feiting the feal ; but at this day the law is generally held, 
that for counterfeiting of the great or privy feal, or of the 
privy lignet or fign manual, the judgment is to be hanged, 
beheaded and quartered, as in other high treafons, and fo 
was the judgment in the cafe of 1 6 Jac. above-mentiond ; 
and it is fafeft to follow the modern pra£lice in judgments of 
high treafon, tho I think it no error, if the judgment be only, 
qmd diflrahatiir i^ fufpendaturj according to the antient pre- 
cedents, becaufe the judgment is ftlll capital, and tho it be 
lefs, than the highell judgment in treafon, yet it is ftill in- 
cluded in it. 

(r) See for this kind of arraignment, 7 H. 4. 43. h S. 'F.C 148. c. s Co. Inji. 
88. (u) Cro, Car. 383. 

1 88 Hijioria P lac it ovum Corona, 


Concerning high treafon in counterfeiting 
the king's coin, and in the firfl place 
touching the hiflory of the coin and 
coinage of England. 

THE Legitimation of money and tlie giving it its de- 
nominated value is juftiy reckond inter jura majejlatis, 
and in England it is one fpecial part of thus king's preroga- 

Before I enter into the particulars concerning money I 
will give a hittory or narrative of the various Hates and con- 
ditions and changes of money in the feveral ages of this 
kingdom, and then lliall defcend to feme more particular ob- 
fervatlons, which will be nfeful in this bufinefs. 

Money is the common meafure of all commerce almoU 
through the world ; it conlifls principally of three parts ; 
1. The material, whereof it is made. 2. The denomination 
or extrinlic value. 3. The impreffion or ftamp. 

I. The material in England is either pure lilver, or pure 
gold, whereof poffibly fome money was antiently made here 
in England, or elfe lilver or gold mixed with an allay, which 
was ufually and is hitherto a fmall proportion of copper. 

The ftandard of the money of England, that hath for 

many ages obtaind, is that, which is commonly called Stei-- 

ling (a) gold or Sterling filver, for tho the denomination of 

Sterling was at firfl: applied to the coin of lilver and to that 

4 coin, 

(^) Some imagine this word to come that it was taken from Tome TlcmiJJ} 

from the town of Sterling in Scotland,- workmen, who in the rcign of king 

where they pretend the pureft money yoh;z were invited over to reduce tho 

was formerly made ; others that it is de- money to its proper fincnefs j the people 

rived from the Saxon word Stecrc-, of that country being generally caJled' 

which iignifics rule or ftandard j others E.-'/ierlh'g!. 

Hijioria PI act tor um Coro^ia, I89 

coin, which was the penny commonly called Sterlingus, yet 
life hath made it applicable not only to all kind of Engli/b 
coin of fih^er, but alio to coin of gold, and this is called the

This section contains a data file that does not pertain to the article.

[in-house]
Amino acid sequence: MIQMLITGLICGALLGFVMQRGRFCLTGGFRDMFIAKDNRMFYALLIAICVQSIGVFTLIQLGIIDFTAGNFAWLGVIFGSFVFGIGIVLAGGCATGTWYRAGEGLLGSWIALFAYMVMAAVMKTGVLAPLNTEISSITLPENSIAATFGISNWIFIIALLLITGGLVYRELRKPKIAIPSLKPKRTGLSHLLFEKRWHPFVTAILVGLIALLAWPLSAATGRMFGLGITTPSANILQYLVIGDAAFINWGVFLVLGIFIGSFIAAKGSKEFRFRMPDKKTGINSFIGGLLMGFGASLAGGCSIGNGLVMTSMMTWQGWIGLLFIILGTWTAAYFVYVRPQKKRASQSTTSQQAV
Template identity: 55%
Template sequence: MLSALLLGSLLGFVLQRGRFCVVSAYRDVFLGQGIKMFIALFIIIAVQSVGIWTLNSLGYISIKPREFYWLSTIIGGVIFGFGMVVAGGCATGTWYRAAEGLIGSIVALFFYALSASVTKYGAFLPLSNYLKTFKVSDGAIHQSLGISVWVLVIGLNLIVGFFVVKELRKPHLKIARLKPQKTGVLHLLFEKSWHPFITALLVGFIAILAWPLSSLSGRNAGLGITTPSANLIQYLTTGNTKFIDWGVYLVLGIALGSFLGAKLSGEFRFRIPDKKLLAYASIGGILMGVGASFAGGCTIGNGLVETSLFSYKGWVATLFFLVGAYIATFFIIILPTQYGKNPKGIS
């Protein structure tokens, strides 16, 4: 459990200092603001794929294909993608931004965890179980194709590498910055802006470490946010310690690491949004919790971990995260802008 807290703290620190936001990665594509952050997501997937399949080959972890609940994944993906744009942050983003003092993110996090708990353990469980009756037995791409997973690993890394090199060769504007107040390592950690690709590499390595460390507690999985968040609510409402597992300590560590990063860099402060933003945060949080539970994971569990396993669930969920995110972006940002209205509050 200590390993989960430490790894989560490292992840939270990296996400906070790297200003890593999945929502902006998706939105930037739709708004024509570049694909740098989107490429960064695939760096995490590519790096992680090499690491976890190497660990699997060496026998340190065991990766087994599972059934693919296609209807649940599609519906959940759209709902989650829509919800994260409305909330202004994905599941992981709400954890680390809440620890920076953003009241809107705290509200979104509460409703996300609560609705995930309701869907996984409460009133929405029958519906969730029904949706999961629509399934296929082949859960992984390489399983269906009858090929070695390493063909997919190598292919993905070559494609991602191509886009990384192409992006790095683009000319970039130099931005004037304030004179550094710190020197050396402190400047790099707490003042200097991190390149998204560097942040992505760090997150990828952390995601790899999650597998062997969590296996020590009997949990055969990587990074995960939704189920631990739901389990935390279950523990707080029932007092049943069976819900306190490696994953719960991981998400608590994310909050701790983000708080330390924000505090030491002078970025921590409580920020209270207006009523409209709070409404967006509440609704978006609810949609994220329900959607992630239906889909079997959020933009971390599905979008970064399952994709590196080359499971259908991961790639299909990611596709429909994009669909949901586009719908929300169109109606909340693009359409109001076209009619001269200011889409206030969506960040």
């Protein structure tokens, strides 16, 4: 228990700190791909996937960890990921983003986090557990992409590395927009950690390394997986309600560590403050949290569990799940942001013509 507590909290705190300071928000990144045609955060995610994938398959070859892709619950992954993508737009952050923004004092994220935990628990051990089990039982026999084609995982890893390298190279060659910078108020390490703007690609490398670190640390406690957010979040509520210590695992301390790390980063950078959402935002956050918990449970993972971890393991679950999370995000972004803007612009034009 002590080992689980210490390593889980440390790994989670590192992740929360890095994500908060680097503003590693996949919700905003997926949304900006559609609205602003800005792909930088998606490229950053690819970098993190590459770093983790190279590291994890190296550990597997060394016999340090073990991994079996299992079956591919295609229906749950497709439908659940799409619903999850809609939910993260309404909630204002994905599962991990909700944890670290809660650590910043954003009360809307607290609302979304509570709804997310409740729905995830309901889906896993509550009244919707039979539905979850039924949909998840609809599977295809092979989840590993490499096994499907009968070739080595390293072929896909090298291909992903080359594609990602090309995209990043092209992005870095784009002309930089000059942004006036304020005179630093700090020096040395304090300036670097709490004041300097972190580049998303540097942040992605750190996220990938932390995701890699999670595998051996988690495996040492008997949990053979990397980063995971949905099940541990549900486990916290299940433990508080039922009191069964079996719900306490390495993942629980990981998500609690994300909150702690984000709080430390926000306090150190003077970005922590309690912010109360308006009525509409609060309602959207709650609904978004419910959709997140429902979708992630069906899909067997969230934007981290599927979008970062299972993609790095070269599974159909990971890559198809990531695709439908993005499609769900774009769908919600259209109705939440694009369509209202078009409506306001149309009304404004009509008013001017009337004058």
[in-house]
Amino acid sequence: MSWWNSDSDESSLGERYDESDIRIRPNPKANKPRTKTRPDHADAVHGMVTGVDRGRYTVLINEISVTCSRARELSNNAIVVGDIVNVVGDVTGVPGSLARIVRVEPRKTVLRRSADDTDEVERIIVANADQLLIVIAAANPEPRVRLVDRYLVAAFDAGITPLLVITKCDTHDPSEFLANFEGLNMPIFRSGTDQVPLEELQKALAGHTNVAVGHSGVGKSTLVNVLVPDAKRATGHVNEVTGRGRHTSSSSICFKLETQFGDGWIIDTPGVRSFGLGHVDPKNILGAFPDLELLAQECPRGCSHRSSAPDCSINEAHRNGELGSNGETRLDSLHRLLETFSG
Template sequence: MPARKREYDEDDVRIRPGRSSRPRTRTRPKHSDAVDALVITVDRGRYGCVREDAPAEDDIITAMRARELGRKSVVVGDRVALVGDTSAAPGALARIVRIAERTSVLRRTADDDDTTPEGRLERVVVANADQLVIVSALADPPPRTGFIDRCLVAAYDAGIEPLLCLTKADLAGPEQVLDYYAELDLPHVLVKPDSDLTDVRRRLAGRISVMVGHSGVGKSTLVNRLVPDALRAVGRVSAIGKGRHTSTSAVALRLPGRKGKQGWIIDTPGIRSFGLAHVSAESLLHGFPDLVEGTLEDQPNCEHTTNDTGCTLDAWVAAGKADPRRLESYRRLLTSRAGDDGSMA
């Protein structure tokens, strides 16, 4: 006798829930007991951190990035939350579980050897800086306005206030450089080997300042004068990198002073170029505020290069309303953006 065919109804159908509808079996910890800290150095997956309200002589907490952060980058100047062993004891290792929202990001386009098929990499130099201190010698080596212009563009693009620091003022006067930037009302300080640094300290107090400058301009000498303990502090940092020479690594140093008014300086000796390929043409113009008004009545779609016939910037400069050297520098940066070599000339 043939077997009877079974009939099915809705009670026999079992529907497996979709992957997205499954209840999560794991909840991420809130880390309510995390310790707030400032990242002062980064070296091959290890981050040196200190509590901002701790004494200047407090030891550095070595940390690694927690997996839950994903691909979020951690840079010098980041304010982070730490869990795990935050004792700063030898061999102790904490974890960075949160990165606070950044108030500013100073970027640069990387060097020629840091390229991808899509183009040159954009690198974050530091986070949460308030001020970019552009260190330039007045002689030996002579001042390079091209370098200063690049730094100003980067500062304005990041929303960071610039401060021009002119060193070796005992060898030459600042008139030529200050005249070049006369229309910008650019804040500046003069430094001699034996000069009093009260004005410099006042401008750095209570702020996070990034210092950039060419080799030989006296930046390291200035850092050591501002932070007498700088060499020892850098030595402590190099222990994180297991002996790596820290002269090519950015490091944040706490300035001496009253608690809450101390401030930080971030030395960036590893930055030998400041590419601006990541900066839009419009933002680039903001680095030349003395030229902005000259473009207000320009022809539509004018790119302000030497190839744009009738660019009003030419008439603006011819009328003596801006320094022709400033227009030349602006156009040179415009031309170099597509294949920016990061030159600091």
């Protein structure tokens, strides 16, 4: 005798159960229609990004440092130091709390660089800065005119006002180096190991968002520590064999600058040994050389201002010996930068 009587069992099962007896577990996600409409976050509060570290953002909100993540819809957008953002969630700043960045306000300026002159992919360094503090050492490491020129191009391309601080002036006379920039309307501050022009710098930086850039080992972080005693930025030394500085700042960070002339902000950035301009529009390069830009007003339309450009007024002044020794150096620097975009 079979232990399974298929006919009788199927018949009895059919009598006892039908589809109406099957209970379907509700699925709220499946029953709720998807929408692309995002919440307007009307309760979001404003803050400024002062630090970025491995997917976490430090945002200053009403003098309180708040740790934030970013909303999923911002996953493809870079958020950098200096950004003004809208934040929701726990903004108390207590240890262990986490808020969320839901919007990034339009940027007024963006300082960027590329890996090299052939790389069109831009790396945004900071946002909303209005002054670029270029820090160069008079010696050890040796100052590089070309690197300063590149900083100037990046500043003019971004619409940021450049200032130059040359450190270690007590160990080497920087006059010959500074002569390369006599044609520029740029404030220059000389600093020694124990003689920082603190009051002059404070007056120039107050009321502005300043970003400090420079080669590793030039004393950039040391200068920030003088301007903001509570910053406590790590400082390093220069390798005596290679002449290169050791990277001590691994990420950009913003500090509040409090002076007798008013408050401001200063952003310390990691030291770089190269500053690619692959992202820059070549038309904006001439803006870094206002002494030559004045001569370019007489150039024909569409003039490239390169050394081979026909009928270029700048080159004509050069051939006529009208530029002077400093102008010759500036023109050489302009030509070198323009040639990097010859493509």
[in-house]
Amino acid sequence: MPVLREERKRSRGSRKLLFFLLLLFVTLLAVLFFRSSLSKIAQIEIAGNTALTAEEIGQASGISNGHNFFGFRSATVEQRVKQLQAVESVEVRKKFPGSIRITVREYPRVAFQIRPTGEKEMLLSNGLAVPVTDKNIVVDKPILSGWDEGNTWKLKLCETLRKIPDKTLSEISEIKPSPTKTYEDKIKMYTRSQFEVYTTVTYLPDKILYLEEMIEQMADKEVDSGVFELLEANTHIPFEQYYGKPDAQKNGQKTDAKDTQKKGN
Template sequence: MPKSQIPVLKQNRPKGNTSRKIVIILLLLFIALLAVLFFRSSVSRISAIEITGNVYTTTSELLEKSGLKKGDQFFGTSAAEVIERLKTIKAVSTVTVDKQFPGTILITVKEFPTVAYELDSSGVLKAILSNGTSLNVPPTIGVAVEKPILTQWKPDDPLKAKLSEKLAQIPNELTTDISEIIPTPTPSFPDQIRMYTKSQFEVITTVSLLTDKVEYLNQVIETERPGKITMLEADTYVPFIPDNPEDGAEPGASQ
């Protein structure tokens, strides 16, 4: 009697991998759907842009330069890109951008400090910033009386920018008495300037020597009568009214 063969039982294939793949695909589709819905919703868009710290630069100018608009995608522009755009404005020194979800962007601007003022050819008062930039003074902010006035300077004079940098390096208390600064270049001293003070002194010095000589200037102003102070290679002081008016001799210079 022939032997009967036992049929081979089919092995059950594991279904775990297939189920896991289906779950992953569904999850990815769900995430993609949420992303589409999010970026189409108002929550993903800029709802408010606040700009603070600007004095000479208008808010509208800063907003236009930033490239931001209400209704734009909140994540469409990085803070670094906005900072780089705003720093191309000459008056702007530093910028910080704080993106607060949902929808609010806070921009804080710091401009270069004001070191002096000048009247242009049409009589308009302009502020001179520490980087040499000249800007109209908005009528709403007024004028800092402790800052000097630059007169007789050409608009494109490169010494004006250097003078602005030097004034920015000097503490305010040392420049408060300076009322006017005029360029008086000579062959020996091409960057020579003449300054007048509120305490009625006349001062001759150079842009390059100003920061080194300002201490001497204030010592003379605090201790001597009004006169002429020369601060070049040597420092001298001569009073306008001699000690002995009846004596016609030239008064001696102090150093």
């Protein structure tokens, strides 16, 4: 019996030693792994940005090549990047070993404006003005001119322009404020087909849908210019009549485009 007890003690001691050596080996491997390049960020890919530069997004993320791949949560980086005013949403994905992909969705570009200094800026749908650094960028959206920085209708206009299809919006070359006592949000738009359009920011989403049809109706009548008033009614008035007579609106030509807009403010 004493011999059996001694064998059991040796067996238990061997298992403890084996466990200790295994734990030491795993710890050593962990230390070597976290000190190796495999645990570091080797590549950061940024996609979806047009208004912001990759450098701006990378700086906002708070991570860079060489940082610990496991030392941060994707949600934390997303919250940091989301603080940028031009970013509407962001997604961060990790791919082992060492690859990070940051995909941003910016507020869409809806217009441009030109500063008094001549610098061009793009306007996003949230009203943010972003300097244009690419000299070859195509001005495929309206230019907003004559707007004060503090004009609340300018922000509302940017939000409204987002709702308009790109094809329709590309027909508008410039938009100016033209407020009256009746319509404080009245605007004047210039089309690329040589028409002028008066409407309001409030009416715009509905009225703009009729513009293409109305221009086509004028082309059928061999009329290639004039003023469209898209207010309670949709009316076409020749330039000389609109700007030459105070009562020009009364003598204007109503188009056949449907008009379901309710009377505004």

Ibndard of coin. 

But before this can be well underftood, we muft make fome 
digreffion touching the meafures applicable to thefe materials. 

In lilver the meafure or weights applicable thereUnto are 
principally thefe : 

1 . The pound, which being not averdupois, but troy weight 
coniifts of tw^elve ounces. 

2. The ounce conhfting of twenty penny weight. 

3. The penny or Sterling conlifting of thirty-two grains 
of wheat taken out of the middle of the ear. 

This is the old compofitio menfiirnrum fettled in the time of 
E, I . {b) vizc quod denarius Anglix, qui denominatur Sterlingus 
rotimdus, fine tonjura ponderabit triginta duo grana frumenti medio 
fpicce, i^ viginti denarii faciunt unciam, iff duodecim unci^ fa'- 
ciunt libram, i^ o5lo librae faciunt gallonem, i^ oSto gallones 
hujfellum. (c) 

And it is to be remembred, that at that time a penny did 
really weigh the twentieth part of an ounce of lilver, and 
twenty pennies did really weigh an ounce of lilver, and two 
hundred and forty pence did really amount to a pound weight 
troy, and to twenty iKillings, which made a pound of lilver coin. 

And altho at this time the coin is railed, and therefore va- 
ries from what It was at that time, yet to this day twenty 
fhillings In fdv^er is called a pound, atid the meafure of an 
ounce is by twenty penny \veights according to the old propor- 
tion ; but indeed the grain is changed (*), for whereas thirty 
[two] grains of corn then made an ounce [a penny weightj, 
yet becaufe the vi^eight of corn Is not always uniform, and 

C c c the 

(b) An old leiger book of the abbey three pence. Sec 7l;;^^/'s note on Ra' 

of St. Edmundilury fiys the affklr was fin\ h\i}ory fnb fine FJ. I. 

thus fettled in 5 E. i. by Qcorge Rock- (c) Vide ftatute 51 E. i. a Co. Injlit, 

ley then mayor of London and mafter of 57?. 

the mint ; and in the 18 £. i. an indented (*) There being, as I apprehend, t*o